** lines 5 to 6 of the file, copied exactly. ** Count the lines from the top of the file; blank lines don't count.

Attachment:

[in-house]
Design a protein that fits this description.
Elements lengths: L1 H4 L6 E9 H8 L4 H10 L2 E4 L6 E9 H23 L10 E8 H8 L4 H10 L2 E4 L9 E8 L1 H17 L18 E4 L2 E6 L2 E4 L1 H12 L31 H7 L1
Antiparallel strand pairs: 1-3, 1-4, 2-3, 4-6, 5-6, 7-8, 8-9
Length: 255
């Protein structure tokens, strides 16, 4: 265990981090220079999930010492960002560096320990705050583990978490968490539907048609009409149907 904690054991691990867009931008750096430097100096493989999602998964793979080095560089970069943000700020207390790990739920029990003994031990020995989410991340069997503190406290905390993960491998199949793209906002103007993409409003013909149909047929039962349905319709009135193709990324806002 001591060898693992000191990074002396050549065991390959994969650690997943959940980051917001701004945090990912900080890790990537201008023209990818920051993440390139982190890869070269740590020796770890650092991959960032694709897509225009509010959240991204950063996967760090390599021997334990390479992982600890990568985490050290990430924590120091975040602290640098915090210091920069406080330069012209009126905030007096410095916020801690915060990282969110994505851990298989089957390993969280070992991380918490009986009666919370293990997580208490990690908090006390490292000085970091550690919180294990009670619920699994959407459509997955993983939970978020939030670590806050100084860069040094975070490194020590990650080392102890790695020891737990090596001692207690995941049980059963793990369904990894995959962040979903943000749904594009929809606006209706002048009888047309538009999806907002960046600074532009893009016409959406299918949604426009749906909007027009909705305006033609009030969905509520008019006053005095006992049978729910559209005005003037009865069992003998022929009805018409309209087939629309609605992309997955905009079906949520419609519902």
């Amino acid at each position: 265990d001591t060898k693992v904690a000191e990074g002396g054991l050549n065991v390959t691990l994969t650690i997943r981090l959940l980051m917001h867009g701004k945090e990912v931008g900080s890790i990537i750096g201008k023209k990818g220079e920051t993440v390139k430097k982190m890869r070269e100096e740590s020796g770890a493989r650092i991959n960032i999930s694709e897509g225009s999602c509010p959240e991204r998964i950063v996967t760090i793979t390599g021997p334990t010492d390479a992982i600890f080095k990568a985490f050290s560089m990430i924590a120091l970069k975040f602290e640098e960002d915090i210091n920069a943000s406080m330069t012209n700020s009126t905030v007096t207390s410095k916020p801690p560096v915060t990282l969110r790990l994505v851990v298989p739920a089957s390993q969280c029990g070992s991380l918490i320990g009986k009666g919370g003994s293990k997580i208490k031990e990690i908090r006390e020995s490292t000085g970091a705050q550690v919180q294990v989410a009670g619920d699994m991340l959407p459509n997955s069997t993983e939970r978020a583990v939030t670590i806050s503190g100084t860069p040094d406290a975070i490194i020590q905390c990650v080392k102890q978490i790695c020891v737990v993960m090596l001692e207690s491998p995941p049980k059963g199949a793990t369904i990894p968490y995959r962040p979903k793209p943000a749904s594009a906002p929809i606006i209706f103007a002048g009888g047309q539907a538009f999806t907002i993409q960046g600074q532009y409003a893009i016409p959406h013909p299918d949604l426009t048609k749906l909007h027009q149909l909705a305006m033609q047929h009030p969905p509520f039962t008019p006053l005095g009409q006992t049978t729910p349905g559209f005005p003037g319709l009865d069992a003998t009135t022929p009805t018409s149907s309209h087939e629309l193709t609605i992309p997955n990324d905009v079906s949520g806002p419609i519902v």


Length: 255
């Protein structure tokens, strides 16, 4: 265990981090220079999930010492960002560096320990705050583990978490968490539907048609009409149907 904690054991691990867009931008750096430097100096493989999602998964793979080095560089970069943000700020207390790990739920029990003994031990020995989410991340069997503190406290905390993960491998199949793209906002103007993409409003013909149909047929039962349905319709009135193709990324806002 001591060898693992000191990074002396050549065991390959994969650690997943959940980051917001701004945090990912900080890790990537201008023209990818920051993440390139982190890869070269740590020796770890650092991959960032694709897509225009509010959240991204950063996967760090390599021997334990390479992982600890990568985490050290990430924590120091975040602290640098915090210091920069406080330069012209009126905030007096410095916020801690915060990282969110994505851990298989089957390993969280070992991380918490009986009666919370293990997580208490990690908090006390490292000085970091550690919180294990009670619920699994959407459509997955993983939970978020939030670590806050100084860069040094975070490194020590990650080392102890790695020891737990090596001692207690995941049980059963793990369904990894995959962040979903943000749904594009929809606006209706002048009888047309538009999806907002960046600074532009893009016409959406299918949604426009749906909007027009909705305006033609009030969905509520008019006053005095006992049978729910559209005005003037009865069992003998022929009805018409309209087939629309609605992309997955905009079906949520419609519902």